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Is An MCA Loan Right For Your Startup? 4 Pros And Cons

Embarking on entrepreneurship brings a thrilling mix of enthusiasm and intimidation. As a founder, your startup likely stems from ambitious visions and innovative concepts. However, securing the necessary funding to turn your vision into reality is one of the biggest challenges. Traditional small business loans from banks often require a strong credit history, existing assets for collateral, and a proven track record, which new startups usually lack. 

This is where merchant cash advance (MCA) loans come in as an alternative financing option worth considering for your fledgling business. But are MCA loans the right choice for funding your startup? 

Here are some key pros and cons to weigh when deciding if an MCA loan is right for your needs.

What Are MCA Loans And How Do They Work?

MCA loans allow businesses to borrow against their future sales and credit card receivables. An MCA company provides upfront capital in exchange for an agreed-upon percentage of the business’s future sales over a set period of time, often 6-18 months. The loan is repaid automatically through daily withdrawals from the business’s credit card or debit card sales.

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The amount advanced is typically based on the company’s average monthly sales, and repayment terms vary based on the company’s finances and creditworthiness. Unlike bank loans, MCAs do not have fixed interest rates. The merchant instead pays a specified percentage of daily credit card sales until the full advanced amount plus the agreed fee is repaid.

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Pros Of MCA Loans For Startups

  • Quick Access To Capital

The biggest advantage of MCA loans for startups is the ability to quickly access capital, often in as little as 24-48 hours. The underwriting process is faster and easier compared to traditional loans since it focuses more on sales volume versus credit scores or existing assets. This quicker access to funding can be invaluable for purchasing inventory and equipment, meeting payroll, expanding marketing efforts, or covering other expenses needed to build your business.

  • Less Strict Qualification Requirements

Whereas banks usually require a high personal credit score and collateral to secure a small business loan, the qualification process for an MCA focuses more on your merchant processing records. As long as you have a legitimate business with steady sales activity, you have a good chance of approval regardless of your personal credit profile. This gives startups without lengthy operational histories or strong FICO scores better odds of securing the necessary funding from lenders like Credibly in USA.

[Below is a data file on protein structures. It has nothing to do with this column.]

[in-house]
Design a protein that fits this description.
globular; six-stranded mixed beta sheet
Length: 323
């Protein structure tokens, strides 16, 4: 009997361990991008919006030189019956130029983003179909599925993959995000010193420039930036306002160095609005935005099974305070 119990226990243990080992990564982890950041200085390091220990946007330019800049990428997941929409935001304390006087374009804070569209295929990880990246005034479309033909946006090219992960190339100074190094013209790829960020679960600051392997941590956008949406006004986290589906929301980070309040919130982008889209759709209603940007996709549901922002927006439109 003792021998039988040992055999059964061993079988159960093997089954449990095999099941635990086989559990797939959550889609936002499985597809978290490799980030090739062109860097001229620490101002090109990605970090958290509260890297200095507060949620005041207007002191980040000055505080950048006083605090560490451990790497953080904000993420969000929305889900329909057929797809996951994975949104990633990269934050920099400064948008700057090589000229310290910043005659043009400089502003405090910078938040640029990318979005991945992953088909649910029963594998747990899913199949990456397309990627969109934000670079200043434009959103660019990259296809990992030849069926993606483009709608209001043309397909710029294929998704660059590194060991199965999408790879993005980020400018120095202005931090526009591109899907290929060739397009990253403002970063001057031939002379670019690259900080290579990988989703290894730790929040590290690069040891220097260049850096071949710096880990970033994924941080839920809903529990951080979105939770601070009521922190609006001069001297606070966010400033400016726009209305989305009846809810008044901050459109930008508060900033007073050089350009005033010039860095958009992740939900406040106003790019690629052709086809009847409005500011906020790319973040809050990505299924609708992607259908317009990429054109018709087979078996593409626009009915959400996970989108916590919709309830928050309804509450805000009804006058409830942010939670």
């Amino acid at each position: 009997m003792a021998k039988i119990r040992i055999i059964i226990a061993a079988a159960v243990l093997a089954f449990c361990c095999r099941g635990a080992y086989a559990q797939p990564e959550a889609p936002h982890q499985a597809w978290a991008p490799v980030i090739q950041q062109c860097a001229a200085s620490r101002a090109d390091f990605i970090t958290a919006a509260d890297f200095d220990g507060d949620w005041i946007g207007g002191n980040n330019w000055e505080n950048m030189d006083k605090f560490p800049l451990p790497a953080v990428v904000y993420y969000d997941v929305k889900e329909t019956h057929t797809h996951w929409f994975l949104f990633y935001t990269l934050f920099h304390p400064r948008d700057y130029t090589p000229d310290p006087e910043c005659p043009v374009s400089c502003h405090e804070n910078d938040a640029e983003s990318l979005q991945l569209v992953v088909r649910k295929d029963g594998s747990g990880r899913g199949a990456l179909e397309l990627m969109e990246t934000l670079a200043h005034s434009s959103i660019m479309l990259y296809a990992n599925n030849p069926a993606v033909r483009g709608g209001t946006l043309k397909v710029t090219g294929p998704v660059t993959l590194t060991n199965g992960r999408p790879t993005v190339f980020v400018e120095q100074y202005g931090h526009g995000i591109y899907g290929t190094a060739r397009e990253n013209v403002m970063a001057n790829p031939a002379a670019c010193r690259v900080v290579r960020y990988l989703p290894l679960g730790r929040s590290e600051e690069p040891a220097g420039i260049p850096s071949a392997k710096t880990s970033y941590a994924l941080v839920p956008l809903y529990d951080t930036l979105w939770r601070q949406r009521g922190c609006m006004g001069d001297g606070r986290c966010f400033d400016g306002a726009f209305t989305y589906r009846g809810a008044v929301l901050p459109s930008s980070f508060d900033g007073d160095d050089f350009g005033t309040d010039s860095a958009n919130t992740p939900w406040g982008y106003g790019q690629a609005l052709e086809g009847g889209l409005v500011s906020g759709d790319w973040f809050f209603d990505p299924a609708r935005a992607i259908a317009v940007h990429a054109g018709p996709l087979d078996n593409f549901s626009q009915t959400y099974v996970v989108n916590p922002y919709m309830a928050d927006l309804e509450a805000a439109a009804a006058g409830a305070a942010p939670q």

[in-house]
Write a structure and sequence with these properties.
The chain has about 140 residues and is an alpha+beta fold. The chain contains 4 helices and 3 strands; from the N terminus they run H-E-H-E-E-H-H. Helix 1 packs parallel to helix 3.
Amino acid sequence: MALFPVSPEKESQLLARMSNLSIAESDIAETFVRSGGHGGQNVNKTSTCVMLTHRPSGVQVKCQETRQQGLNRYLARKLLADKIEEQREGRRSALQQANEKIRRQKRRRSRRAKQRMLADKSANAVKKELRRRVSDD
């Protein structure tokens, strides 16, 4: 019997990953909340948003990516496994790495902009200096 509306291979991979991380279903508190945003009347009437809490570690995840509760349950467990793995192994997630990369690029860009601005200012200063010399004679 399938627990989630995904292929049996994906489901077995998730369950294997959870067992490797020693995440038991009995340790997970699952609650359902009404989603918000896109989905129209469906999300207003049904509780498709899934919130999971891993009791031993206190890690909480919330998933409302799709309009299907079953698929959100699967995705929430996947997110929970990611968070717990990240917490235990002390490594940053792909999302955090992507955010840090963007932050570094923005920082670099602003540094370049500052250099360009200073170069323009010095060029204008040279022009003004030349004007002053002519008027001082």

• No Collateral Required

Unlike a bank loan, an MCA does not require any business or personal assets for collateral. The MCA company’s risk is reduced since repayment comes directly from a percentage of the business’s future sales. This, again, can benefit early-stage startups that have not accumulated significant business assets or inventory to pledge. Less risk for the lender translates to easier access to capital for the borrower.

  • Fixed Daily Payments

One advantage of MCA loans is the fixed daily payment structure that deducts a set percentage of each day’s credit card receipts. This structured payment schedule helps startups budget and provides more predictable repayments versus a large monthly loan bill. The percentage remains consistent even as revenues fluctuate month-to-month.

Cons Of MCA Loans For Startups

  • Higher Cost Of Capital

The biggest downside of MCA loans is the high cost. The total amount repaid includes the initial capital plus a negotiated fee that is often equivalent to an annualized interest rate between 30-60%. This is considerably higher than the typical rates for traditional bank loans. However, the higher cost may be worth it if the easier access to capital enables your startup’s growth and success. Still, entrepreneurs should crunch the numbers to determine if the cost provides enough value.

  • Lengthy Repayment Period

While accessing funding is fast with an MCA, the repayment period is typically lengthy. It is not unusual to be making daily payments for 12-18 months to fully repay an MCA loan. Startups must consider if they are comfortable diverting a percentage of sales for over a year to pay off the advance. For businesses with tight cash flow or slim profit margins, this extended payment schedule could put a strain on finances.

  • Potentially Reduced Cash Flow

Since fixed daily payments are deducted from credit card sales, having a chunk of revenue consistently diverted could restrict cash flow available for other business needs. Startups must ensure they have enough remaining cash flow to cover all operating expenses, inventory purchases, payroll, taxes, and other obligations even after the daily MCA payment.

  • No Chance To Improve Credit Score

Making on-time payments on an installment loan like a bank small business loan helps build your personal or business credit score. MCA repayments do not appear on personal credit reports. While easy access to capital is the benefit, MCA loans miss the potential credit score boost of traditional financing options.

Conclusion

Launching a startup comes with tremendous excitement and challenges, including securing favorable financing as an unproven business. MCA loans offer easier capital access based on sales volume, not credit or assets. However, the high costs and lengthy repayment are downsides to weigh.

Crunch the numbers, evaluate cash flow, and find a reputable provider. With eyes open to the pros and cons, MCAs may viability fund your startup’s launch. The key is clarity on how MCAs align with your financial needs and growth goals.

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